With the Chandrayaan-3’s lander module Vikram successfully making a touchdown on the moon and the rover Pragyan ramping down, one camera developed by Laboratory for Electro-Optics Systems (LEOS) in Bengaluru has already made an impact while another would be guiding the Pragyan as it traverses the moon’s surface.
The Lander Horizontal Velocity Camera (LHVC), which is onboard the Vikram, has already clicked the first image of the moon during its descent on the lunar surface on Wednesday
LHVC, which was initially developed for the Chandrayaan-2 mission, has also been adopted for the Chandrayaan-3 mission.
“LHVC has an important role of measuring horizontal velocity during the Lander descent phase. It does a complex algorithm calculating the velocity in which the lander is travelling. This instrument provides important information during the descent, ” said Subhalakshmi Krishnamoorthy, who led a team of scientists at LEOS to develop the camera.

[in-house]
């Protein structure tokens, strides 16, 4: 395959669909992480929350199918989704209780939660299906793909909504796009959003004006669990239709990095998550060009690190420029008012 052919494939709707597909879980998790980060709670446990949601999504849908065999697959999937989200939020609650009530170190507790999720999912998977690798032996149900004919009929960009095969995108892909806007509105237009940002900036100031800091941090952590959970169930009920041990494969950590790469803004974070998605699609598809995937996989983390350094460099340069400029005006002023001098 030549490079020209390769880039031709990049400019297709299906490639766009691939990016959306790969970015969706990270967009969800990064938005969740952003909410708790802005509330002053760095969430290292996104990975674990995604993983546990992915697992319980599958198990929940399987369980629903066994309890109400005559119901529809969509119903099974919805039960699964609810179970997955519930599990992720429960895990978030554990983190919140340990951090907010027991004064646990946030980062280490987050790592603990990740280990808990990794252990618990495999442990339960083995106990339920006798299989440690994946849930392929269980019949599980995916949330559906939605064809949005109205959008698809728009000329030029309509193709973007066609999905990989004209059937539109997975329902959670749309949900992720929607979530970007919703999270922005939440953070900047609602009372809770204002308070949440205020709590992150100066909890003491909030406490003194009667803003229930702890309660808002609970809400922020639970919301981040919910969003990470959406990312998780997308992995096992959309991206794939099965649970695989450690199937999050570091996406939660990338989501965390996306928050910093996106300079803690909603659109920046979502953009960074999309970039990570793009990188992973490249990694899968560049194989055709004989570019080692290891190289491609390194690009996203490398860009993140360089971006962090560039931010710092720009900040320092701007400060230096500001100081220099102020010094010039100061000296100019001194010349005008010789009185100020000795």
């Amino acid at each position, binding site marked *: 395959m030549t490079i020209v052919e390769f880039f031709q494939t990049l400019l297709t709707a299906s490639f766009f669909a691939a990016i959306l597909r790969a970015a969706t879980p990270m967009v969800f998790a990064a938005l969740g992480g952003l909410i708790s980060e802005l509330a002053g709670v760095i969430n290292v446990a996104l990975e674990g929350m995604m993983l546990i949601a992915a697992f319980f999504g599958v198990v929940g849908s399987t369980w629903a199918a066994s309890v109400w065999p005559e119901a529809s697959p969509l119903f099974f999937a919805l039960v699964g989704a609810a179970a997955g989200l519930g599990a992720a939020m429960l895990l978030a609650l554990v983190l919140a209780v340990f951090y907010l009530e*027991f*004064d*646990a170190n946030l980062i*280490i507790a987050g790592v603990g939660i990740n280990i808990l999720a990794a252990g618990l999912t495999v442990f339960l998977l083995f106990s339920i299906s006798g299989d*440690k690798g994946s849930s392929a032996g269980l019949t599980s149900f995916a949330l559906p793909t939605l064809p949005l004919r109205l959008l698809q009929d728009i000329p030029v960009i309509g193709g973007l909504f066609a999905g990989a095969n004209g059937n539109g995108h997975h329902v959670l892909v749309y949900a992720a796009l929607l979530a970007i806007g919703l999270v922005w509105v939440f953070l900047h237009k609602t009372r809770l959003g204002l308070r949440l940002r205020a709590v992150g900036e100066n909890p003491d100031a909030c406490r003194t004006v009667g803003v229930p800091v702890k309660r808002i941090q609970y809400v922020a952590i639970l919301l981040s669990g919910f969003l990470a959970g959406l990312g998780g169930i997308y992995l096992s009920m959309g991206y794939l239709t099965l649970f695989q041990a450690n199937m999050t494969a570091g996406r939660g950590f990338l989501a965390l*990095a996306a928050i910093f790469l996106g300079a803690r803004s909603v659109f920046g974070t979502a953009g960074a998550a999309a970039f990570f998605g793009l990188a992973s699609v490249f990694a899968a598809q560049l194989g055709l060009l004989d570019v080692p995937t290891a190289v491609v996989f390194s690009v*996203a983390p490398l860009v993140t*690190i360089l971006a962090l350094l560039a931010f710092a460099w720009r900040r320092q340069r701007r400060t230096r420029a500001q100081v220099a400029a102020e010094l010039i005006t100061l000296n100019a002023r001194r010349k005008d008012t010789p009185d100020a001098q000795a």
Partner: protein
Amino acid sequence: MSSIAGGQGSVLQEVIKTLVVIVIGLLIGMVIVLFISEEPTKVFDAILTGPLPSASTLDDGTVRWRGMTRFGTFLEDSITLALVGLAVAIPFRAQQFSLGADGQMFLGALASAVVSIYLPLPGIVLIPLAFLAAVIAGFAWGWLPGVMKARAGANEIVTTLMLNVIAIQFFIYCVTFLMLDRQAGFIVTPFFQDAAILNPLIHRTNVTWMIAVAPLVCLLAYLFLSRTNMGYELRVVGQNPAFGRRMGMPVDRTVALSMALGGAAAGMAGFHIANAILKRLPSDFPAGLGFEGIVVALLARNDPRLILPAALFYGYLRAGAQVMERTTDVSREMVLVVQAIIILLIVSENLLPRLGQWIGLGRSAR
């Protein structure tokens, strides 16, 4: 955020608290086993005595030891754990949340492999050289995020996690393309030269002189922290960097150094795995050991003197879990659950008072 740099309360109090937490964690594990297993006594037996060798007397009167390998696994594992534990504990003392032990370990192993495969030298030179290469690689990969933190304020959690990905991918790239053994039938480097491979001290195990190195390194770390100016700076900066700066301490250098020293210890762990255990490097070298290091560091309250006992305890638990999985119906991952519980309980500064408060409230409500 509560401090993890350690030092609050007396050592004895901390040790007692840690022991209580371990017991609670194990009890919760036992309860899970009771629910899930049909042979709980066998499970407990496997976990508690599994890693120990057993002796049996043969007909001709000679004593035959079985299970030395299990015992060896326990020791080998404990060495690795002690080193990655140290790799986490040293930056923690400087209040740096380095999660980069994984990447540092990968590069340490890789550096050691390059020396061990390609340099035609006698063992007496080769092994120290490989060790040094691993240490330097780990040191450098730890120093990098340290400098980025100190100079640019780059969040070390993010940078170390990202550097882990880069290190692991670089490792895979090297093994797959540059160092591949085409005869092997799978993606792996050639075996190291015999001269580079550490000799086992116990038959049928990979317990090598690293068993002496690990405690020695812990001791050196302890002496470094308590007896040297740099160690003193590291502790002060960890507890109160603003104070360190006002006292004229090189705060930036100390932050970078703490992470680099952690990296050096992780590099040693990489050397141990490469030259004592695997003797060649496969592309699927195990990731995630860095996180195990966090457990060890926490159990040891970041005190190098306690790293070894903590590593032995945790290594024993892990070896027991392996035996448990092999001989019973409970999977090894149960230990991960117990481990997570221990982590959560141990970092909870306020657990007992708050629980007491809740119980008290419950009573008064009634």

The second camera is the Navigation camera (NAVCAM) and two of them will be the eyes of the Rover, guiding it as it traverses the moon’s surface.
Both NAVCAMs are fitted in the front of the rover for path planning and obstacle avoidance for the rover.
“The Pragyan Rover has two Navigation cameras fitted in the front of the rover to navigate the Rover in the lunar terrain. NAVCAM-Left & NAVCAM -Right help in path planning and obstacle avoidance, to ensure that there is no rock, there is no obstacle, there is no pit etc., in the path. It is like a human being or robot having eyes, so wherever the rover is going to move there is a path planning which is done based on the stereo images from Navcams” said Ms Krishnamoorthy, the former Deputy director of ISRO. She attributed the success to the sincere and dedicated hard work of her team members.
She added that both the cameras were developed for the Chandrayaan-2 lander and rover. However, the Chandrayaan 2 mission ended in a failure when during the descent, the Vikram lander crashed on the lunar surface. It subsequently lost communication with the ground stations.